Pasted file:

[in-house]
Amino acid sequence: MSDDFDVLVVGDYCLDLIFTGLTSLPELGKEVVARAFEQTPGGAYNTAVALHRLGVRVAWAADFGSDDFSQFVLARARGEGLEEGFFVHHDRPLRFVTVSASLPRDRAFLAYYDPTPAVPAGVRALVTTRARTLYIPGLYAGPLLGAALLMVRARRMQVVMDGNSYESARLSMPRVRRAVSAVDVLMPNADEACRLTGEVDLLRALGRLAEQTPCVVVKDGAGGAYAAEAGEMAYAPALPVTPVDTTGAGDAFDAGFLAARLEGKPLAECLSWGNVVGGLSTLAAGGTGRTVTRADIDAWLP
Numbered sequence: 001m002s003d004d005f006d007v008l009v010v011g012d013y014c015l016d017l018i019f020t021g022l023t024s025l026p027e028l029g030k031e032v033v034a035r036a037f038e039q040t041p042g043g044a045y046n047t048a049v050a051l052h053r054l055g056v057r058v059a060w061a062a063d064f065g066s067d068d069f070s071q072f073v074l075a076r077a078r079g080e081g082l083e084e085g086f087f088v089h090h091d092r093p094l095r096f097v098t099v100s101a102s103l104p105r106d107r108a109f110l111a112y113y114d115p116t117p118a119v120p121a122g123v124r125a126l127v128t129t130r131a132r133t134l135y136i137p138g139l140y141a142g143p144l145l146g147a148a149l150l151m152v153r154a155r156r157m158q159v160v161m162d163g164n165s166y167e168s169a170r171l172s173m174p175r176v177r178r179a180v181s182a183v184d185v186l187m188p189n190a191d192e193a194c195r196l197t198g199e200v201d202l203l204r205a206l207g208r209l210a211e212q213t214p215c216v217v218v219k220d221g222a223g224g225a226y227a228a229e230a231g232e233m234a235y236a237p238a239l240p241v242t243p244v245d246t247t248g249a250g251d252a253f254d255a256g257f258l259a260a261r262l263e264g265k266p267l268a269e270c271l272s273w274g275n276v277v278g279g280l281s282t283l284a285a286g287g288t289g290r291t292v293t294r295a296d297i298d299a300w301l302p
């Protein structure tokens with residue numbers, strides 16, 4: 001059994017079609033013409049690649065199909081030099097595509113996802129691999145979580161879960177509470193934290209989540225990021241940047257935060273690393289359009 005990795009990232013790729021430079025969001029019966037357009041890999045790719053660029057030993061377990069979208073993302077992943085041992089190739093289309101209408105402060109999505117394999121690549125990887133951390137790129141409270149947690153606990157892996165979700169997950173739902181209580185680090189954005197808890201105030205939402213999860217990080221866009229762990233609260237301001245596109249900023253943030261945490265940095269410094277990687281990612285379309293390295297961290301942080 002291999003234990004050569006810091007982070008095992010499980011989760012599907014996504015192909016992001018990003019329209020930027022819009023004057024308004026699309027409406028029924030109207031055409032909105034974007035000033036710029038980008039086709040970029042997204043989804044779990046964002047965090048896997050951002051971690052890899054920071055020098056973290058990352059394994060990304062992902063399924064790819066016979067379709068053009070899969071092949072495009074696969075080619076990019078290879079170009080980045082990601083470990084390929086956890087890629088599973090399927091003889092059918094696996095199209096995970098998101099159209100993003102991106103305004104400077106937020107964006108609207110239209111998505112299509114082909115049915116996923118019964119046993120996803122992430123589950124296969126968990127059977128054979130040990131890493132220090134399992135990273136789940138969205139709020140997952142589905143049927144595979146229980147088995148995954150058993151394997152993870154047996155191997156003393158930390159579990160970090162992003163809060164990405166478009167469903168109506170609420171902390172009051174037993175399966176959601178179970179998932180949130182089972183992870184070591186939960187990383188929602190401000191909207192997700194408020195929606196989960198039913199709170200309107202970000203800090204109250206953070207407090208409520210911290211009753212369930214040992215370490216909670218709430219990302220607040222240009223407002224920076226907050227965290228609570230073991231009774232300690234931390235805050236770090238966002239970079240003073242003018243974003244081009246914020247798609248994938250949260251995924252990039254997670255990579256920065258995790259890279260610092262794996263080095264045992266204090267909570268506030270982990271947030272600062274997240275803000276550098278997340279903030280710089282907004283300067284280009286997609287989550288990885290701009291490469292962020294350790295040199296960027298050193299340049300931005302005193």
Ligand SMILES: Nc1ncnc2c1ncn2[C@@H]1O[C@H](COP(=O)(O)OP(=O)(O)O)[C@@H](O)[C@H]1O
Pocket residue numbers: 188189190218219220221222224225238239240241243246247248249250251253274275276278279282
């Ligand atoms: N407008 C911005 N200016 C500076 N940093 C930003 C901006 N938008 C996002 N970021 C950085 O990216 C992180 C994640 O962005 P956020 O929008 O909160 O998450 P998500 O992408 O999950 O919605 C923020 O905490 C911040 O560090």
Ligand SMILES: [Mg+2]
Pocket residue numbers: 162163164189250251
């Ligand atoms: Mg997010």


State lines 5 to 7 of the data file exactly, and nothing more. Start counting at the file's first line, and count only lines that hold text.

Ligand SMILES: Nc1ncnc2c1ncn2[C@@H]1O[C@H](COP(=O)(O)OP(=O)(O)O)[C@@H](O)[C@H]1O
Pocket residue numbers: 188189190218219220221222224225238239240241243246247248249250251253274275276278279282
């Ligand atoms: N407008 C911005 N200016 C500076 N940093 C930003 C901006 N938008 C996002 N970021 C950085 O990216 C992180 C994640 O962005 P956020 O929008 O909160 O998450 P998500 O992408 O999950 O919605 C923020 O905490 C911040 O560090």